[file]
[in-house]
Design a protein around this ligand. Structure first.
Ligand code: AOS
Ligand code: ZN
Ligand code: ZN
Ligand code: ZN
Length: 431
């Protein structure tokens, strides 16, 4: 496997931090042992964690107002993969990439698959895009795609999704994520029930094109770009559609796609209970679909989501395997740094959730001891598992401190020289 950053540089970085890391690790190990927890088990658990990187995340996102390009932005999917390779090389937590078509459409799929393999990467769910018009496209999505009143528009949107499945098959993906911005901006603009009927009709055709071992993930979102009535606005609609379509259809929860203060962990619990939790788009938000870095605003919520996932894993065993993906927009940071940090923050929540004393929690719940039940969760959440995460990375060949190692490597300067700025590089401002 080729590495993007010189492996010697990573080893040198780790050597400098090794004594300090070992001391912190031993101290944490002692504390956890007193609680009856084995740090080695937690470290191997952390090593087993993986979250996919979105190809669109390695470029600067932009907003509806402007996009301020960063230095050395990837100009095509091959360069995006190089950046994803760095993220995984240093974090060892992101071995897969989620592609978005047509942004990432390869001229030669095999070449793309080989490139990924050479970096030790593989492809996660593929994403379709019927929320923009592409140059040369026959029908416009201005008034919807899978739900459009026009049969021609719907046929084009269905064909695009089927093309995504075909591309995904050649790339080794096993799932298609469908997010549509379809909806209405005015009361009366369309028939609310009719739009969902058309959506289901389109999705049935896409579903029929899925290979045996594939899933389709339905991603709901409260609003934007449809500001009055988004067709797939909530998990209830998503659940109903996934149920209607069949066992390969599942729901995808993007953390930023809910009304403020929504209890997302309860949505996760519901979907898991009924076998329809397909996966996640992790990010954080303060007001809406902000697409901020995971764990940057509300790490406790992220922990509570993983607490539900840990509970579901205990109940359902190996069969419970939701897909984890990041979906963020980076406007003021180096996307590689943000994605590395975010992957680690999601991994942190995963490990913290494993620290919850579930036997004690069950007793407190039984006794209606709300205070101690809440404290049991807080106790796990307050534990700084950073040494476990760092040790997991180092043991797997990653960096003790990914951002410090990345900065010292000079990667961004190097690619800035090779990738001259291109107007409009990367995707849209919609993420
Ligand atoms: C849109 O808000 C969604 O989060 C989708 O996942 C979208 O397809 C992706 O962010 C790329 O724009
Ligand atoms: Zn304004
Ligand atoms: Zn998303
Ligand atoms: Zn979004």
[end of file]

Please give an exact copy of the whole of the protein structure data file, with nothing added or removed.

[in-house]
Design a protein around this ligand. Structure first.
Ligand code: AOS
Ligand code: ZN
Ligand code: ZN
Ligand code: ZN
Length: 431
């Protein structure tokens, strides 16, 4: 496997931090042992964690107002993969990439698959895009795609999704994520029930094109770009559609796609209970679909989501395997740094959730001891598992401190020289 950053540089970085890391690790190990927890088990658990990187995340996102390009932005999917390779090389937590078509459409799929393999990467769910018009496209999505009143528009949107499945098959993906911005901006603009009927009709055709071992993930979102009535606005609609379509259809929860203060962990619990939790788009938000870095605003919520996932894993065993993906927009940071940090923050929540004393929690719940039940969760959440995460990375060949190692490597300067700025590089401002 080729590495993007010189492996010697990573080893040198780790050597400098090794004594300090070992001391912190031993101290944490002692504390956890007193609680009856084995740090080695937690470290191997952390090593087993993986979250996919979105190809669109390695470029600067932009907003509806402007996009301020960063230095050395990837100009095509091959360069995006190089950046994803760095993220995984240093974090060892992101071995897969989620592609978005047509942004990432390869001229030669095999070449793309080989490139990924050479970096030790593989492809996660593929994403379709019927929320923009592409140059040369026959029908416009201005008034919807899978739900459009026009049969021609719907046929084009269905064909695009089927093309995504075909591309995904050649790339080794096993799932298609469908997010549509379809909806209405005015009361009366369309028939609310009719739009969902058309959506289901389109999705049935896409579903029929899925290979045996594939899933389709339905991603709901409260609003934007449809500001009055988004067709797939909530998990209830998503659940109903996934149920209607069949066992390969599942729901995808993007953390930023809910009304403020929504209890997302309860949505996760519901979907898991009924076998329809397909996966996640992790990010954080303060007001809406902000697409901020995971764990940057509300790490406790992220922990509570993983607490539900840990509970579901205990109940359902190996069969419970939701897909984890990041979906963020980076406007003021180096996307590689943000994605590395975010992957680690999601991994942190995963490990913290494993620290919850579930036997004690069950007793407190039984006794209606709300205070101690809440404290049991807080106790796990307050534990700084950073040494476990760092040790997991180092043991797997990653960096003790990914951002410090990345900065010292000079990667961004190097690619800035090779990738001259291109107007409009990367995707849209919609993420
Ligand atoms: C849109 O808000 C969604 O989060 C989708 O996942 C979208 O397809 C992706 O962010 C790329 O724009
Ligand atoms: Zn304004
Ligand atoms: Zn998303
Ligand atoms: Zn979004």